My grandfather supplemented his sweatshop wages by working evenings at home. I can still see him sitting behind a sewing machine, occasionally joining the conversation between running a line of stitches. Yet even then, the union provided a benefit: an exhilarating sense that a worker wasn’t on his own. My grandmother complained that all her husband wanted to talk about was “shop, shop, union, union.”

The benefits got more tangible in the postwar decades. Industries that had held union organizers at bay were organized. Assembly line workers got contracts, and the nation’s demography was radically altered. Most societies look like a pyramid: a few rich people at the top, a lot of poor people at the bottom, and a small middle class in between. But America’s profile got a potbelly: the middle class grew until, by 1971, it was larger than the upper and lower classes combined.

Ordinary folks bought homes and, every few years, could trade in their car for a newer model. They proudly watched their kids go off to college.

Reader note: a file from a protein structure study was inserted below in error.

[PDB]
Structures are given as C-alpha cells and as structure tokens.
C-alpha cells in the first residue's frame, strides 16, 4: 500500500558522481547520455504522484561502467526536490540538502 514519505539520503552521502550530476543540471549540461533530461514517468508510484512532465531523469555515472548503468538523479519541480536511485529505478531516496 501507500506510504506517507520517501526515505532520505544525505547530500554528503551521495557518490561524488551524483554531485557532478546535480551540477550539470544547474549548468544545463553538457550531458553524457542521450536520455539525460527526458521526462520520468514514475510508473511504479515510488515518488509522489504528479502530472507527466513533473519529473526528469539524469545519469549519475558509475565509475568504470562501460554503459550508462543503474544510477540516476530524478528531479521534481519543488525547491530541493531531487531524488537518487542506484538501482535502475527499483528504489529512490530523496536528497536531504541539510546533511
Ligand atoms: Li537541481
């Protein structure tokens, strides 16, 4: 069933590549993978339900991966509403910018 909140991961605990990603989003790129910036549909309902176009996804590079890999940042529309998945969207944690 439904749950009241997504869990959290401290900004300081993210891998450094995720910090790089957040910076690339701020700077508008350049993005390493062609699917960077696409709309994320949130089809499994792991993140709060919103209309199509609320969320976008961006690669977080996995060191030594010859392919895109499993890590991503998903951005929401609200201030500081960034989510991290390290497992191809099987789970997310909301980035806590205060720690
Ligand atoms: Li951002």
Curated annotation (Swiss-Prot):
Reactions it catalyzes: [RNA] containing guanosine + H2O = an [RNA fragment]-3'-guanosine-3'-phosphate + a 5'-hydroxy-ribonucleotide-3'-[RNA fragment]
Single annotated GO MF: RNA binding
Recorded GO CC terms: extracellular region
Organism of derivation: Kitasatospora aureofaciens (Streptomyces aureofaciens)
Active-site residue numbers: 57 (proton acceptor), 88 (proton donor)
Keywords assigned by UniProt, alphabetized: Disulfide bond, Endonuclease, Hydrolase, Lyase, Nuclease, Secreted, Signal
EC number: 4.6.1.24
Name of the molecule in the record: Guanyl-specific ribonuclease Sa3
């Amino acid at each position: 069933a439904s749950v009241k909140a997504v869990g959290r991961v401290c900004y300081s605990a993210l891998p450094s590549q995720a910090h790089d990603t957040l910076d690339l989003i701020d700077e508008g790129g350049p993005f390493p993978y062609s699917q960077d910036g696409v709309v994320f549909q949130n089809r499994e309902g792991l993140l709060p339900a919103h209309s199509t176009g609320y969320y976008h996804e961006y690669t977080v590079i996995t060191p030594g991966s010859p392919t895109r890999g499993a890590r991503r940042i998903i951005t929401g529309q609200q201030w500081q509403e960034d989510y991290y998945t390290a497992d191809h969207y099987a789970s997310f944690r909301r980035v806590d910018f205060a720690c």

But beginning in the 1970s, the process was reversed. Decade after decade, the middle class declined and its clout was lost proportionally. Now a week doesn’t go by without the media or a blogger proclaiming that America’s middle class is getting squeezed out.

As the Great Recession eased, upper-income folks did nicely. Middle-class families went back to the short end of the stick. No voice insisted that they get a fair share of the pie — as the labor movement did at the end of the Great Depression. Union membership has declined to about 11 percent of the workforce. Organized labor’s remaining strength is in public-sector unions, and that is up for grabs — pending the Supreme Court’s ruling on the no-free-lunch issue.

Yet if its fate is sealed, it deserves a proper obituary. So let us remember the mothers and fathers of the middle class, brave souls who persuaded others to sign petitions asking for union representation. Who denied themselves a paycheck by voting to strike. Who walked picket lines. Who came home bubbling over with news of the shop and the union, the shop and the union.

Your Turn

What do you think the impact will be as the U.S. Supreme Court wrestles with the issues in Friedrichs v. California Teachers Association? Sound off in Comments, on the Union Built PC Facebook Page or in the #UnionStrong Facebook Group. And don’t forget to sign up for our monthly eNewsletter for articles like this delivered straight to your inbox.